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Parliamentary debates and questions

S5W-06552: Alison Johnstone (Lothian)

Scottish Green Party

Date lodged: 25 January 2017

To ask the Scottish Government what its response is to the Scottish House Condition Survey 2015.

Answered by: Kevin Stewart 2 February 2017

The Scottish House Condition Survey (SHCS) is a National Statistics publication for Scotland and includes statistics on fuel poverty, energy efficiency, the condition of housing, the Scottish Housing Quality Standard (SHQS) and other key descriptors of the occupied housing stock in Scotland.

The 2015 survey indicated that 748,000 households were in fuel poverty in 2015, almost 100,000 fewer than in 2014. Whilst the Scottish Government welcomes this reduction, we know there is much more work to be done. The Fuel Poverty Strategic Working Group and the Rural Fuel Poverty Task Force both published reports with collectively over 100 recommendations and we will formally respond to their recommendations in February 2017. Both reports are the first step in the development of our new fuel poverty strategy, including a new overarching fuel poverty target, which we will consult on later this year.

The SHCS results demonstrate that there has been a long term improvement in energy efficiency of Scottish homes. The share of the most energy efficient dwellings (rated C or above) has increased by 74% since 2010. Through Scotland’s Energy Efficiency Programme (SEEP), we will build on this success and accelerate improvements across all buildings in Scotland. SEEP will start from 2018. We are committed to investing more than half a billion pounds in energy efficiency and combating fuel poverty through SEEP over the next four years, setting out a clear commitment to develop this programme with substantial annual public funding.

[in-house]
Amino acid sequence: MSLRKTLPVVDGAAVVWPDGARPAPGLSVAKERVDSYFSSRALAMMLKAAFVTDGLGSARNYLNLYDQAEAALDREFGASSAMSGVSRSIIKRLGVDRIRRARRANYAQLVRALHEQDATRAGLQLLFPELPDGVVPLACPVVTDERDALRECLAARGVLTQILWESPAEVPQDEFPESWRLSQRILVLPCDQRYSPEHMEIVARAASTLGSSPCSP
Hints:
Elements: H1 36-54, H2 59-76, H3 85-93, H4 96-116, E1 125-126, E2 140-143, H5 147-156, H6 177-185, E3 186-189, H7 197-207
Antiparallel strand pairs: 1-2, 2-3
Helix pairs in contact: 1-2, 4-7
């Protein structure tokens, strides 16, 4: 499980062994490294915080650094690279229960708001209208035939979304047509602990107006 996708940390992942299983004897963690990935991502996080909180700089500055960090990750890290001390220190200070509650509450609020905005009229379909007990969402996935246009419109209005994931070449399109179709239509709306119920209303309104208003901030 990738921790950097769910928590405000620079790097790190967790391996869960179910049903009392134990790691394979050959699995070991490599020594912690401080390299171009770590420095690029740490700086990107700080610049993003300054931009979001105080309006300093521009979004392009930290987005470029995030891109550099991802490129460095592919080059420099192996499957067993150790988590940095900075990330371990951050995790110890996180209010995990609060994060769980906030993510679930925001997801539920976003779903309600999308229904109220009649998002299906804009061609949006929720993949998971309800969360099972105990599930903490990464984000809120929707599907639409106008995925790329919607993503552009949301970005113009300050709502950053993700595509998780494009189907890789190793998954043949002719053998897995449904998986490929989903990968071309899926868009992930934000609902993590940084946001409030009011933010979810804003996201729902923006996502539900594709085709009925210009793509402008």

The SHCS found that the level of disrepair in Scottish homes remained unchanged since the previous year. In 2015, 73% of all dwellings had some degree of disrepair. This includes fairly minor and non-urgent disrepairs. The SHCS found that 2% of homes are below the tolerable standard – this is the statutory minimum standard for homes to be fit for human habitation. There is a longer term trend of improvement in homes that fall below tolerable standard and 2015 levels represent a drop of nearly two percentage points since 2012. Minimum standards are required in social and private rented housing and local authorities have a range of powers to enforce work needed on all homes that are below tolerable standard or otherwise substandard, and discretionary powers to provide assistance. The Scottish Government requires local authorities to produce a local housing strategy which must, in particular, set out how they will address houses that do not meet the statutory tolerable standard, and their strategy for providing assistance for improving homes.

The Scottish Government is currently piloting a scheme to provide equity loans to home owners to help carry out essential repairs and energy efficiency improvements.